The Evening News’ “Dish the dirt” campaign against dog mess not being picked up by owners is a good idea that everyone in the city should support.
Unfortunately, as usual it is the small minority who let the side down and make the place look a mess because they cannot be bothered acting responsibly and cleaning up after their pets.
While the responsibility should be mainly with dog owners, I think the council could play a greater role in cleaning streets and pavements up.
On a visit to Paris, I noticed that the pavements in the city were cleaned by council employees on a daily basis. One of the things being cleaned up off the pavements was dog dirt, and there was plenty of it, as the French seem to have more regard for les chiens than they do for the surroundings in their beautiful city.
However, with the authorities no doubt recognising the importance of tourism to the city, it is no surprise that they take the job of keeping it clean very seriously.
That’s an attitude that we would do well to follow here in Edinburgh. It is not on the same scale as Paris, but it is one of the most beautiful little cities in the world, and we should do our best to make the most of it.
With many thousands of visitors about to descend on the city’s streets thanks to the approaching Festival, there is no better time than now to look again at how we go about keeping the city clean.
Andrew Morris, St Leonard’s Lane, Edinburgh
Ghost runs of project that haunts our city
I READ your story about tram drivers doing “ghost runs” along the route of the new line to acclimatise themselves to how it will be when the trams finally take to the streets for real (News, July 5).
Transport expert Simon Johnston said it was “standard practice” for rookie tram drivers to enter a “programme of familiarisation” by getting behind the wheel of a bus along busy junctions of the rail line so they could recognise danger spots.
What a shame it wasn’t standard practice for those whose bright idea it was to have a tram “network” in the city to think instead of having drivers driving buses, like the ones they have done successfully on very popular routes.
These drivers could have kept on doing so instead of having pie in the sky ideas.
That way, we could have kept things running as well as they were, spared the city and its people much inconvenience, helped some struggling businesses along the route survive, and save around £1billion.
Just think how many useful projects that money could have gone to, such as building or revamping schools, or improving our Third World potholed roads.
Kate Colquhoun, Northfield, Edinburgh
Tunnel vision would been the better idea
IT was interesting to read about the parade to celebrate the 50th anniversary of the Forth Road Bridge being cancelled (News, July 5).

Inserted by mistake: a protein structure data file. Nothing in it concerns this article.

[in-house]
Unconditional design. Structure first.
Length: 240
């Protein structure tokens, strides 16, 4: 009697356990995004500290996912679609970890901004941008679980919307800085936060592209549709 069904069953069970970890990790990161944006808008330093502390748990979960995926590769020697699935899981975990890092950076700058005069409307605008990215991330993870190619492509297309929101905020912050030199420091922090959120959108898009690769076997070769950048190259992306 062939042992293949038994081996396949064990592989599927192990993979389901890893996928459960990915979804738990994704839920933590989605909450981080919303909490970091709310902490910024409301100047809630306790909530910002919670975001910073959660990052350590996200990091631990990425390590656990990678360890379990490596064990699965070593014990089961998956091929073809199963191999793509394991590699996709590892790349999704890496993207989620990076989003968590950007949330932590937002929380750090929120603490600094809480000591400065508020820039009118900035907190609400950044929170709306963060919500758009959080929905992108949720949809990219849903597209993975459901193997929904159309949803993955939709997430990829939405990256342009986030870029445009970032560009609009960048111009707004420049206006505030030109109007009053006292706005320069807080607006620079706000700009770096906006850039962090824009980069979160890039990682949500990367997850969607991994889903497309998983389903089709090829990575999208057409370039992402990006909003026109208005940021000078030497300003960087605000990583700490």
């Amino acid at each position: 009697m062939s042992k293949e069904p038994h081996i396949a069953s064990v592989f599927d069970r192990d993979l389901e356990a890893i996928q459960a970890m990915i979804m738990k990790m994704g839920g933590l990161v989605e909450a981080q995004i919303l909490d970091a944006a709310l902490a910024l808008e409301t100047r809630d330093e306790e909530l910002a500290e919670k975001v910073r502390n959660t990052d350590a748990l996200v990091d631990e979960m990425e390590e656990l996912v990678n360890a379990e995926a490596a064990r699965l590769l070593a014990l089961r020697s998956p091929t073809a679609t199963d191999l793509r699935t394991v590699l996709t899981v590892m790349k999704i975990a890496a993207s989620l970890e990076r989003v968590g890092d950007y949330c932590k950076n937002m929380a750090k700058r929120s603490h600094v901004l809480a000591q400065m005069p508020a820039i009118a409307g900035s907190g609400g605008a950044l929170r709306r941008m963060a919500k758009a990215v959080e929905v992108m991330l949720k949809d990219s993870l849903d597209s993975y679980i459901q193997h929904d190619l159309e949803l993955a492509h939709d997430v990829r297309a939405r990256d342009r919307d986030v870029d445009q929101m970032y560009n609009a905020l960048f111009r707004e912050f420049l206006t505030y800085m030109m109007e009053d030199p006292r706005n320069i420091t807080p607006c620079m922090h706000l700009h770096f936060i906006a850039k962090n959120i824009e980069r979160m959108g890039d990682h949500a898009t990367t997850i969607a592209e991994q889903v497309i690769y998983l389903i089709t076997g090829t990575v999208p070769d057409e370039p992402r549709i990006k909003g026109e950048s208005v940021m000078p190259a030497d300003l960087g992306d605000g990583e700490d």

The fact that it was called off because of fears of what would happen due to high winds blowing up underlines one of the flaws of the crossing being made by a bridge, which is at the mercy of the weather.
So many times when the wind gets up, the bridge is off limits to high-sided vehicles, and sometimes it is closed completely.
For that very reason, it would have been a much better idea to make the new crossing to be built a tunnel instead. Some people will say it would cost a lot more, but it would soon recoup the extra outlay as Scottish business would not lose any money by having to give up when the wind blows hard.
A Barker, Albion Road, Edinburgh
Ignore the voters and you’ll lose their trust
Over the last 50 years or so, successive governments, including the SNP, have been making cuts in various services, be they civilian or military in the belief they were saving money.
What they were doing was devaluing their fellow citizens by implying that their country no longer needed their help and they were to blame for the financial situation. In addition, the obsession to privatise everything is damaging. Does it matter whether a business is private or public as long as the service it provides is satisfactory?
I would suggest that those in authority think again before they lose the trust and support of the voters. If the voters, by their actions, say NO, they mean it.
CJR Fentiman, Polwarth Gardens, Edinburgh
Keep an eye out for furry friends in sun
With the arrival of hot weather, we should be reminded that animals suffer and die when temperatures rise.
Dogs die very quickly in hot cars and they should not be left inside them even for very short periods. Opening a window a few inches is not sufficient.
Other animals suffer, too. Rabbits must not be left in a hutch in the glaring sun or inside a sweltering garage or shed. They need a cool, shady place where the air circulates, and where they are able to move freely. A hot rabbit can be kept cool by applying cold water gently to its ears. Should your rabbit become listless, or start breathing hard through an open mouth or go limp, get him to a vet immediately. Rabbits must also be checked daily throughout summer months for signs of flystrike.
Smaller animals, like hamsters, rats and gerbils, can be kept cool by opening windows and closing curtains, using a fan (but not pointing it directly at them), refreshing water and providing a frozen water bottle, wrapped in a towel so that it cannot be chewed. Please take good care of our friends this summer!
Kate Fowler, head of campaigns, Animal Aid